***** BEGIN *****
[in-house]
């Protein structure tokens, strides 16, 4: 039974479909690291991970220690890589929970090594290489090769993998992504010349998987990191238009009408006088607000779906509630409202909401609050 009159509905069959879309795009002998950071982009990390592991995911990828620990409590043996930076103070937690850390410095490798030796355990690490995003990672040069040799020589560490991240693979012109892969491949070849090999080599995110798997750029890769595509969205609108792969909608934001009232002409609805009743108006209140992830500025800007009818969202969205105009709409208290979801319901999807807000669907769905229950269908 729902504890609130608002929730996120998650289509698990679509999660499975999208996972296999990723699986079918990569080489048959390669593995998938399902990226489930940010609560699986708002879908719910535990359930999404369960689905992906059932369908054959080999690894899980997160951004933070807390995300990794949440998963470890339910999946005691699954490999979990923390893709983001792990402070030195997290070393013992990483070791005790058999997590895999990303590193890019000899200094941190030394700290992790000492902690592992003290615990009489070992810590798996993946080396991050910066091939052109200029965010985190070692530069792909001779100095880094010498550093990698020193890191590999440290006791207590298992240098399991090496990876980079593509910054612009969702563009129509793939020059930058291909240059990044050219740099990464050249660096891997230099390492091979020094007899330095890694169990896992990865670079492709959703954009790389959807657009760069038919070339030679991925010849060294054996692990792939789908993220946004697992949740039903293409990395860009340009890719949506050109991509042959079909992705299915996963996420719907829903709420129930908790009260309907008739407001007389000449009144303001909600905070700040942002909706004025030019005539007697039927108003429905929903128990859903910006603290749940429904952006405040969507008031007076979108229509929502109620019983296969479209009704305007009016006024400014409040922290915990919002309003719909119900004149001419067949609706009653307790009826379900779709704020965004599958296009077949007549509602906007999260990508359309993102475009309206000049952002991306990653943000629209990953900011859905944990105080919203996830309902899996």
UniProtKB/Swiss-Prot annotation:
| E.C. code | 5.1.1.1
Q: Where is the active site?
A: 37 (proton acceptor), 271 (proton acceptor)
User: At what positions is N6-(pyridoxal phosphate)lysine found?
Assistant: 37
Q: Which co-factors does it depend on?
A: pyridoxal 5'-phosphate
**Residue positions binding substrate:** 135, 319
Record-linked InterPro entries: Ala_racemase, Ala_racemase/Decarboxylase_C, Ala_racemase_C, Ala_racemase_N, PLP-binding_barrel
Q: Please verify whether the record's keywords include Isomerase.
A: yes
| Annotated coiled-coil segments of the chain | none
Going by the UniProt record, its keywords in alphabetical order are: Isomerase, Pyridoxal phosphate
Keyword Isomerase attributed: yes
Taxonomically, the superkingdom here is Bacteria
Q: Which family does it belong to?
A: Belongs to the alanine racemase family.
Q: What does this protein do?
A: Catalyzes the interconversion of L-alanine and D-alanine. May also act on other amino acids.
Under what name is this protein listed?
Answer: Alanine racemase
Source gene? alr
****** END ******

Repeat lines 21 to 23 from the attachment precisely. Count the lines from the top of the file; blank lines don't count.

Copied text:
Q: What does this protein do?
A: Catalyzes the interconversion of L-alanine and D-alanine. May also act on other amino acids.
Under what name is this protein listed?